The fitness center, of which I have been a Member for years, has a locker room with both half and full length lockers. The lockers are for temporary use only, that is, Members may not keep articles in a locker overnight.
In the entire time I have been a Member, I’ve never been able to secure a full length locker, which is unfortunate, as the smaller lockers make it difficult to keep one’s business attire clean and unwrinkled.
Last month, the center was bought by another group. Immediately upon the transfer of ownership, it became easy to find unused, and full length, lockers.
What had happened?
Under the previous ownership, the center’s employees were either allowed to use the full length lockers for their own needs, or any policy restricting such use was not enforced.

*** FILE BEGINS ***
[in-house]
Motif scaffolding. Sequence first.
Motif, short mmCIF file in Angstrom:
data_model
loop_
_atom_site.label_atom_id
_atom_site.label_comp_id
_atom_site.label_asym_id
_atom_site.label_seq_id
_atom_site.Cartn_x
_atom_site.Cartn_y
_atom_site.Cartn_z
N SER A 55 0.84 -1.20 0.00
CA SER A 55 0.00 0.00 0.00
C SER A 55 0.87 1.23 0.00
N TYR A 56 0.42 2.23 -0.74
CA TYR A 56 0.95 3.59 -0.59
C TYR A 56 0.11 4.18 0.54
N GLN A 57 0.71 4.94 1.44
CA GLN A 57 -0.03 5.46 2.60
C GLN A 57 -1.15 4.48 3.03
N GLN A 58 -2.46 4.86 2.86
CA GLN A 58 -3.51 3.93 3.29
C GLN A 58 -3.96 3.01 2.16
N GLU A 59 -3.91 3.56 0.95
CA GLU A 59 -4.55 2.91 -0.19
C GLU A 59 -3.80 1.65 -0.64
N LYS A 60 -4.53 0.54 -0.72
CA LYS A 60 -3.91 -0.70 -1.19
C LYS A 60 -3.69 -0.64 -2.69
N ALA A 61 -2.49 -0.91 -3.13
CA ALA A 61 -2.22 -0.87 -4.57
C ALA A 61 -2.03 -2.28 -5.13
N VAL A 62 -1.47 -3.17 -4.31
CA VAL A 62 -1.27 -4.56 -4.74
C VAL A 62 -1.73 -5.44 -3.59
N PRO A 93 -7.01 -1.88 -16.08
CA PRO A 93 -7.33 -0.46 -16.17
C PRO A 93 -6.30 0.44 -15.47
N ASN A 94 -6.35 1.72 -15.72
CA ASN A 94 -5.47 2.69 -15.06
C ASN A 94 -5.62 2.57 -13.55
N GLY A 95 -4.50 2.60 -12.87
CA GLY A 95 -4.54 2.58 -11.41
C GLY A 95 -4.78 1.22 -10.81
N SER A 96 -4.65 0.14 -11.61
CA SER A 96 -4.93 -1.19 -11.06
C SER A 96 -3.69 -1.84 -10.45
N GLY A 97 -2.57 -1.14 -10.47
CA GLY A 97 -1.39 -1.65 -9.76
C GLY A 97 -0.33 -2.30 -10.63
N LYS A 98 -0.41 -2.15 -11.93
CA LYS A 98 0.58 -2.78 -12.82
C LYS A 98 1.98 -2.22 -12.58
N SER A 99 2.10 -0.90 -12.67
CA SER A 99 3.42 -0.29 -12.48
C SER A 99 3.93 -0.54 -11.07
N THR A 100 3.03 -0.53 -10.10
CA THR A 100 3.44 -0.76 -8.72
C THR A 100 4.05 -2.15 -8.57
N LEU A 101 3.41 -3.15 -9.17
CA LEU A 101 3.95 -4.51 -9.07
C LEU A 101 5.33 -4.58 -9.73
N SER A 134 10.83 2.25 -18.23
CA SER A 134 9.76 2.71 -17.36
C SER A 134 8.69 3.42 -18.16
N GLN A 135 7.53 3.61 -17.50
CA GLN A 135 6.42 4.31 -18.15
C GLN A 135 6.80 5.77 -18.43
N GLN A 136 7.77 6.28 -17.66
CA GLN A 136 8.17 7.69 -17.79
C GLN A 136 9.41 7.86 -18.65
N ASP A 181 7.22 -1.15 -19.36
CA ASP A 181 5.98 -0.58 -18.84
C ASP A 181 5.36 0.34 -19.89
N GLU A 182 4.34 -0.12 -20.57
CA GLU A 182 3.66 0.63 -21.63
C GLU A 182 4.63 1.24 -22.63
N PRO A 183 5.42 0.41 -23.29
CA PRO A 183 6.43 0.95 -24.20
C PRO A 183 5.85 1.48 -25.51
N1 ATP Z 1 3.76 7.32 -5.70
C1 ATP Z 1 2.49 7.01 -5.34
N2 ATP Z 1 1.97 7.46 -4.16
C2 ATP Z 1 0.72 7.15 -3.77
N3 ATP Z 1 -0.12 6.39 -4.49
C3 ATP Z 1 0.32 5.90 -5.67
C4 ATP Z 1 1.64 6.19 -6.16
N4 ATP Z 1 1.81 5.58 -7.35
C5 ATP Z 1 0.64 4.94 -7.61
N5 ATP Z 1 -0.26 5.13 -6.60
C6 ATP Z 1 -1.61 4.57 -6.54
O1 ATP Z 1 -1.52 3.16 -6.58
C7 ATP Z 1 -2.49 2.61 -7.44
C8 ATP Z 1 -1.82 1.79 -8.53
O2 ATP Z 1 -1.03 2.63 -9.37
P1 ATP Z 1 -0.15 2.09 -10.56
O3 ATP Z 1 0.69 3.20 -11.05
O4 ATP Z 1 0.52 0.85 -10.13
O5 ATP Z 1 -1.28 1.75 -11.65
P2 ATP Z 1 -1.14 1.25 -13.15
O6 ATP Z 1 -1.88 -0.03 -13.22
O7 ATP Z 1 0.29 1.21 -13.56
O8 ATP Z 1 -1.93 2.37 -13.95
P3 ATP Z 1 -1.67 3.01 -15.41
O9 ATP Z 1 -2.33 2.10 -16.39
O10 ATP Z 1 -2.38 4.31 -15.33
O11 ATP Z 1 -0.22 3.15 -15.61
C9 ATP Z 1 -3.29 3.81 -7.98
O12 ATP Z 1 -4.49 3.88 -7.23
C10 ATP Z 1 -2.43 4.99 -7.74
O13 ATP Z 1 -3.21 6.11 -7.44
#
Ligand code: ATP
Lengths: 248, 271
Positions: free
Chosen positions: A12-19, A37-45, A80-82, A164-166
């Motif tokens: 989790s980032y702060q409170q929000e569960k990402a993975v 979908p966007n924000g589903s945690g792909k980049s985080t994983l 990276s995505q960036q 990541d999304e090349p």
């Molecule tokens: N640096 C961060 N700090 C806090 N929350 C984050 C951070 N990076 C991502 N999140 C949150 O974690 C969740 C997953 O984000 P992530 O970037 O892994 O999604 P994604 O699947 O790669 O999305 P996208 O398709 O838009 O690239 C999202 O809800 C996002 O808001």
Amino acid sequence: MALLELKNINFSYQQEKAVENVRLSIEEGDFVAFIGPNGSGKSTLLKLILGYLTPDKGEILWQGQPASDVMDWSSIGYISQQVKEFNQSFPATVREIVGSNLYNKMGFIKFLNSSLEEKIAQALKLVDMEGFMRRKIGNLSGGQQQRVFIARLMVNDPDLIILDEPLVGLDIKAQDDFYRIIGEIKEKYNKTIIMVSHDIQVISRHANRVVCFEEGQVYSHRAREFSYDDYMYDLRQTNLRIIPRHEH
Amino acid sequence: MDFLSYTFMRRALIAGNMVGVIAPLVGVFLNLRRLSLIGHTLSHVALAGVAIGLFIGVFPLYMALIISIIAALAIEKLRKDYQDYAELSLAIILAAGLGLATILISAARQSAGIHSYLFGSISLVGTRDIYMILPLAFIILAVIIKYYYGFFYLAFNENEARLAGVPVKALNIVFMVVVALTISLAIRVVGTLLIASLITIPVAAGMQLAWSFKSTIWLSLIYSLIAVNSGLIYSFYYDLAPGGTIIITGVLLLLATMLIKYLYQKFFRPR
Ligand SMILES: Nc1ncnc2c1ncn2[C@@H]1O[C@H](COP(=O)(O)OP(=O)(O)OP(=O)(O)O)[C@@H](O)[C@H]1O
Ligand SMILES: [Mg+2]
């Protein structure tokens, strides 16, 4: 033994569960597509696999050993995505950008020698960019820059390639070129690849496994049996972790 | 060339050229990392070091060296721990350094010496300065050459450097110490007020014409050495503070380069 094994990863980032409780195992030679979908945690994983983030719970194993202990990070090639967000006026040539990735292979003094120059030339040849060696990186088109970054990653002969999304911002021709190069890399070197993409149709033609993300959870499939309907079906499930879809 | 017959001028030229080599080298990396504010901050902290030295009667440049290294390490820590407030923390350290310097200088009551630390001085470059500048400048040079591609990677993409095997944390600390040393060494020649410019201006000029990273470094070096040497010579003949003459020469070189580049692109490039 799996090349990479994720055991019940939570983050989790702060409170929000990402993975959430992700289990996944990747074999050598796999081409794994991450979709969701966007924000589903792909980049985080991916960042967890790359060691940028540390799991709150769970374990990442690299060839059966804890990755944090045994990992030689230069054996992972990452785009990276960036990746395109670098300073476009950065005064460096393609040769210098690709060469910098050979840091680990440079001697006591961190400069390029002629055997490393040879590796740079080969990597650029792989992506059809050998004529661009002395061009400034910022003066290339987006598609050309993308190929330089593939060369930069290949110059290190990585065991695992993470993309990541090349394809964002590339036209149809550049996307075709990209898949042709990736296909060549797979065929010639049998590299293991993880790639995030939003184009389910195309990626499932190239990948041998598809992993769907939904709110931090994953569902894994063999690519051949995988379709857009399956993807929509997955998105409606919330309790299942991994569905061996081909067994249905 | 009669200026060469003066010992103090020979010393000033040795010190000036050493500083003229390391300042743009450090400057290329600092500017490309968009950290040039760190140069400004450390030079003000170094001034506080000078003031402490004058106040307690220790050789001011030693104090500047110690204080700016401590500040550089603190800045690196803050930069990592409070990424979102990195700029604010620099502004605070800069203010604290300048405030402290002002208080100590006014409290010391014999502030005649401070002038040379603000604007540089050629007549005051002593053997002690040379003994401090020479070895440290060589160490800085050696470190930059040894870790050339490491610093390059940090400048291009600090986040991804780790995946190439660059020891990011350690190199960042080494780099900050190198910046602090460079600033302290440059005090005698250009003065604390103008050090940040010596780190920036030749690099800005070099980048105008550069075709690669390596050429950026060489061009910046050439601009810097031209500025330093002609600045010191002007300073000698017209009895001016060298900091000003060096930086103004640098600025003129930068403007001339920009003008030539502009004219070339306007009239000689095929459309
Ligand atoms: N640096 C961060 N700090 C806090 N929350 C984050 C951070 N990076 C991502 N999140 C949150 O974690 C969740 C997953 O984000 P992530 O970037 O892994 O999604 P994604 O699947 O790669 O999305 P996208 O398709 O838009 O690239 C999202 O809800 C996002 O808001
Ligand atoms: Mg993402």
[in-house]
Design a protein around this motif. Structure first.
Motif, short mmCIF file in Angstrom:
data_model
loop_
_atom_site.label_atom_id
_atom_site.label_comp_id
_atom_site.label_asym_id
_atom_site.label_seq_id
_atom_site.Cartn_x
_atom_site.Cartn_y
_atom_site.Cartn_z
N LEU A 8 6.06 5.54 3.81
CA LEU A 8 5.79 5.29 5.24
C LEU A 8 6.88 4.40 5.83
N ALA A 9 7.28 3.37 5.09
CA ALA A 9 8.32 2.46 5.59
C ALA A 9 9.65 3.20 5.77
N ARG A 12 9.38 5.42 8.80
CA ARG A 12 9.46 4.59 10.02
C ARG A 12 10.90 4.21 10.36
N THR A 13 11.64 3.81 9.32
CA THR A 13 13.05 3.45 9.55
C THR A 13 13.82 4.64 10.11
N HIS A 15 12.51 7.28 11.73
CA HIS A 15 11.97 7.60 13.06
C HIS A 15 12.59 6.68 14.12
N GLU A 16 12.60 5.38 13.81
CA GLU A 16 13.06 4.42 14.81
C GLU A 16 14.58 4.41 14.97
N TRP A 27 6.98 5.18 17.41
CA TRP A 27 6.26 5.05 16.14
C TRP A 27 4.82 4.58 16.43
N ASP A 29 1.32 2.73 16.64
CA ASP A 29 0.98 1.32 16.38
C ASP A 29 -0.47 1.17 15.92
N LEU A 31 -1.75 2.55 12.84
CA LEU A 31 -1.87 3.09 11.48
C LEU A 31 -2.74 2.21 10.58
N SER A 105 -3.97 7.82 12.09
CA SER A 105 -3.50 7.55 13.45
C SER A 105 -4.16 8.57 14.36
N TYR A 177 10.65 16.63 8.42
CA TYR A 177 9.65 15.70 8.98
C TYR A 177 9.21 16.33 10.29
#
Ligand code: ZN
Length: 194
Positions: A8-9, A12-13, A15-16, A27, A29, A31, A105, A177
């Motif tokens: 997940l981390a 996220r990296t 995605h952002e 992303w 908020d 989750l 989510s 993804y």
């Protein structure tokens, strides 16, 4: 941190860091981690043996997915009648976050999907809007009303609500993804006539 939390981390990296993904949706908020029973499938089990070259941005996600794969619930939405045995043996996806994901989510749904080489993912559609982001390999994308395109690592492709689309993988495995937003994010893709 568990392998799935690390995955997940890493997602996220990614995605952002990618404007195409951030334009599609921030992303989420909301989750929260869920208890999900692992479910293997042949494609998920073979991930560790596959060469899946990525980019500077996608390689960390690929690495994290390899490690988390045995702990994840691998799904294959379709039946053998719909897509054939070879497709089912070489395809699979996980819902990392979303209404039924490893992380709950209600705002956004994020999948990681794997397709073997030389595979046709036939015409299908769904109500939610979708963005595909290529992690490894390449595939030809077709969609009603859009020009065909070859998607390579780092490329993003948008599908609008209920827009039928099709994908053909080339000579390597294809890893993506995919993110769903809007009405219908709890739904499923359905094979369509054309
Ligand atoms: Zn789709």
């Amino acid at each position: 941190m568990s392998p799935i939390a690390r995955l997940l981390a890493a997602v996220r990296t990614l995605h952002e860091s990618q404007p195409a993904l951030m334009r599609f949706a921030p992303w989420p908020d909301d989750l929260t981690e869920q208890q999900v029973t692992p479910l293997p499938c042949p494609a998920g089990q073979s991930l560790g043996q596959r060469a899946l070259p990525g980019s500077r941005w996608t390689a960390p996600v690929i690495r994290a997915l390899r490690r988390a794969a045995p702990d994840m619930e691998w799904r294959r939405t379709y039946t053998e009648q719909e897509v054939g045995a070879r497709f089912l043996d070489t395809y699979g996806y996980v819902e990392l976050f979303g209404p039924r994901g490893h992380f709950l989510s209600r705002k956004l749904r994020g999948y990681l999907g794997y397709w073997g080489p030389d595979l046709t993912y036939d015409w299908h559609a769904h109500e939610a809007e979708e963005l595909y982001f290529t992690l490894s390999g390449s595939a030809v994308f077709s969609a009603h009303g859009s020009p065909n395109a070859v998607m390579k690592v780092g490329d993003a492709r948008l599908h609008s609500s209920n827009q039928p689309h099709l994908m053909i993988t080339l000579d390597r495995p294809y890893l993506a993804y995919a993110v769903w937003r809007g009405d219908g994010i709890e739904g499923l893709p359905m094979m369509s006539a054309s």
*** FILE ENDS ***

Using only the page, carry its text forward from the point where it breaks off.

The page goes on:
Closer to (the dental) home, a client of ours owns a small parking lot adjacent to his practice. Notwithstanding our recommendations that these spots be kept open for dental patients, thereby offering a highly valued benefit, namely, convenient parking, the lot is consistently filled with employees’ cars.
Speaking as one who has both worked in a fitness club, and had to contend with difficult parking situations at work, I can sympathize with both employee groups. But, in an increasingly competitive marketplace (including those for fitness and dental services), it is incumbent upon management to promulgate and encourage adherence to a policy whose paramount tenet is Customers (or Members or Patients) First. It is the standard by which you should, and your patients will, gauge their satisfaction with, and loyalty to, your practice.
Being ever vigilant for ways to demonstrate that yours is a truly dental patient-centered practice is key to achieving and maintaining a rock solid practice whose foundation is happy dental patients.